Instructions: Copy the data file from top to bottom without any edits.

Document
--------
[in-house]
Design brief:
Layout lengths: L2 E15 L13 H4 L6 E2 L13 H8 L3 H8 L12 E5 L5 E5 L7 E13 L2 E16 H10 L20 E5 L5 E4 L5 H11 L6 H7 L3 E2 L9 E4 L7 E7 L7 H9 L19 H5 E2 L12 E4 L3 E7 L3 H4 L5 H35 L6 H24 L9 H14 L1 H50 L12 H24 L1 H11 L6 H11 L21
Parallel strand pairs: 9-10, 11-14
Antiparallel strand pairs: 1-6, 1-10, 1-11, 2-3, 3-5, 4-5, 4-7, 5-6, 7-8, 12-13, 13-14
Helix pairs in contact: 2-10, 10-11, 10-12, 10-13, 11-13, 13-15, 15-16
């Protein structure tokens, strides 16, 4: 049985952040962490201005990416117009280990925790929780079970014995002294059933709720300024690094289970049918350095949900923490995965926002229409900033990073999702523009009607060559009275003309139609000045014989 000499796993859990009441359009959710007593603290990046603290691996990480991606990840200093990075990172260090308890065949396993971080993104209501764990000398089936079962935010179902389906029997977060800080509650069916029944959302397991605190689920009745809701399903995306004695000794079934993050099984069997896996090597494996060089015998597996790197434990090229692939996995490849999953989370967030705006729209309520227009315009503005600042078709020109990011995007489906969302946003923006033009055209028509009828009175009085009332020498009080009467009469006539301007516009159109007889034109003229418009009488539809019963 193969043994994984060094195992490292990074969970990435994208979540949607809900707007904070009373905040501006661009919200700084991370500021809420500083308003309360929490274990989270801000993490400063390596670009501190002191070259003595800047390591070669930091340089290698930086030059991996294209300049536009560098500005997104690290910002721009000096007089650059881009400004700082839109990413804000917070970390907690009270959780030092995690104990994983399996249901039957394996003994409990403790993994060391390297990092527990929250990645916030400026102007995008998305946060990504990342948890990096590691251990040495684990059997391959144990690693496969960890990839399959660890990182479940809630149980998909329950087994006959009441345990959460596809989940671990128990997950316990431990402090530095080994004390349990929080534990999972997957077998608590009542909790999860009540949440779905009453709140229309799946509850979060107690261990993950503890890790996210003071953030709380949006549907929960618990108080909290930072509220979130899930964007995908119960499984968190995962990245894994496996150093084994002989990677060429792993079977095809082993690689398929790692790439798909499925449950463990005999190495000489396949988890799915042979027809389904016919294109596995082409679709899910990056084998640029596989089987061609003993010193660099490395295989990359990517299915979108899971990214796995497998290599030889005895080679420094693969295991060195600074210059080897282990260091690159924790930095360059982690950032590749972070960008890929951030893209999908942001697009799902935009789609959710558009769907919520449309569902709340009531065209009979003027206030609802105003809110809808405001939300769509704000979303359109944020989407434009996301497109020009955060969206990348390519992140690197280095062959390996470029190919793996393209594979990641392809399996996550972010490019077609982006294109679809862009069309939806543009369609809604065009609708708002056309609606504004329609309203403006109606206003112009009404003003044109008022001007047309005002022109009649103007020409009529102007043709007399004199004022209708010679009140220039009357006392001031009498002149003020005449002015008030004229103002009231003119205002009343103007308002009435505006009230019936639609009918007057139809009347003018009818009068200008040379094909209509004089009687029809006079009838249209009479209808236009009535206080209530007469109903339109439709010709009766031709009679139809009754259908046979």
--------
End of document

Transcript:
[in-house]
Design brief:
Layout lengths: L2 E15 L13 H4 L6 E2 L13 H8 L3 H8 L12 E5 L5 E5 L7 E13 L2 E16 H10 L20 E5 L5 E4 L5 H11 L6 H7 L3 E2 L9 E4 L7 E7 L7 H9 L19 H5 E2 L12 E4 L3 E7 L3 H4 L5 H35 L6 H24 L9 H14 L1 H50 L12 H24 L1 H11 L6 H11 L21
Parallel strand pairs: 9-10, 11-14
Antiparallel strand pairs: 1-6, 1-10, 1-11, 2-3, 3-5, 4-5, 4-7, 5-6, 7-8, 12-13, 13-14
Helix pairs in contact: 2-10, 10-11, 10-12, 10-13, 11-13, 13-15, 15-16
């Protein structure tokens, strides 16, 4: 049985952040962490201005990416117009280990925790929780079970014995002294059933709720300024690094289970049918350095949900923490995965926002229409900033990073999702523009009607060559009275003309139609000045014989 000499796993859990009441359009959710007593603290990046603290691996990480991606990840200093990075990172260090308890065949396993971080993104209501764990000398089936079962935010179902389906029997977060800080509650069916029944959302397991605190689920009745809701399903995306004695000794079934993050099984069997896996090597494996060089015998597996790197434990090229692939996995490849999953989370967030705006729209309520227009315009503005600042078709020109990011995007489906969302946003923006033009055209028509009828009175009085009332020498009080009467009469006539301007516009159109007889034109003229418009009488539809019963 193969043994994984060094195992490292990074969970990435994208979540949607809900707007904070009373905040501006661009919200700084991370500021809420500083308003309360929490274990989270801000993490400063390596670009501190002191070259003595800047390591070669930091340089290698930086030059991996294209300049536009560098500005997104690290910002721009000096007089650059881009400004700082839109990413804000917070970390907690009270959780030092995690104990994983399996249901039957394996003994409990403790993994060391390297990092527990929250990645916030400026102007995008998305946060990504990342948890990096590691251990040495684990059997391959144990690693496969960890990839399959660890990182479940809630149980998909329950087994006959009441345990959460596809989940671990128990997950316990431990402090530095080994004390349990929080534990999972997957077998608590009542909790999860009540949440779905009453709140229309799946509850979060107690261990993950503890890790996210003071953030709380949006549907929960618990108080909290930072509220979130899930964007995908119960499984968190995962990245894994496996150093084994002989990677060429792993079977095809082993690689398929790692790439798909499925449950463990005999190495000489396949988890799915042979027809389904016919294109596995082409679709899910990056084998640029596989089987061609003993010193660099490395295989990359990517299915979108899971990214796995497998290599030889005895080679420094693969295991060195600074210059080897282990260091690159924790930095360059982690950032590749972070960008890929951030893209999908942001697009799902935009789609959710558009769907919520449309569902709340009531065209009979003027206030609802105003809110809808405001939300769509704000979303359109944020989407434009996301497109020009955060969206990348390519992140690197280095062959390996470029190919793996393209594979990641392809399996996550972010490019077609982006294109679809862009069309939806543009369609809604065009609708708002056309609606504004329609309203403006109606206003112009009404003003044109008022001007047309005002022109009649103007020409009529102007043709007399004199004022209708010679009140220039009357006392001031009498002149003020005449002015008030004229103002009231003119205002009343103007308002009435505006009230019936639609009918007057139809009347003018009818009068200008040379094909209509004089009687029809006079009838249209009479209808236009009535206080209530007469109903339109439709010709009766031709009679139809009754259908046979």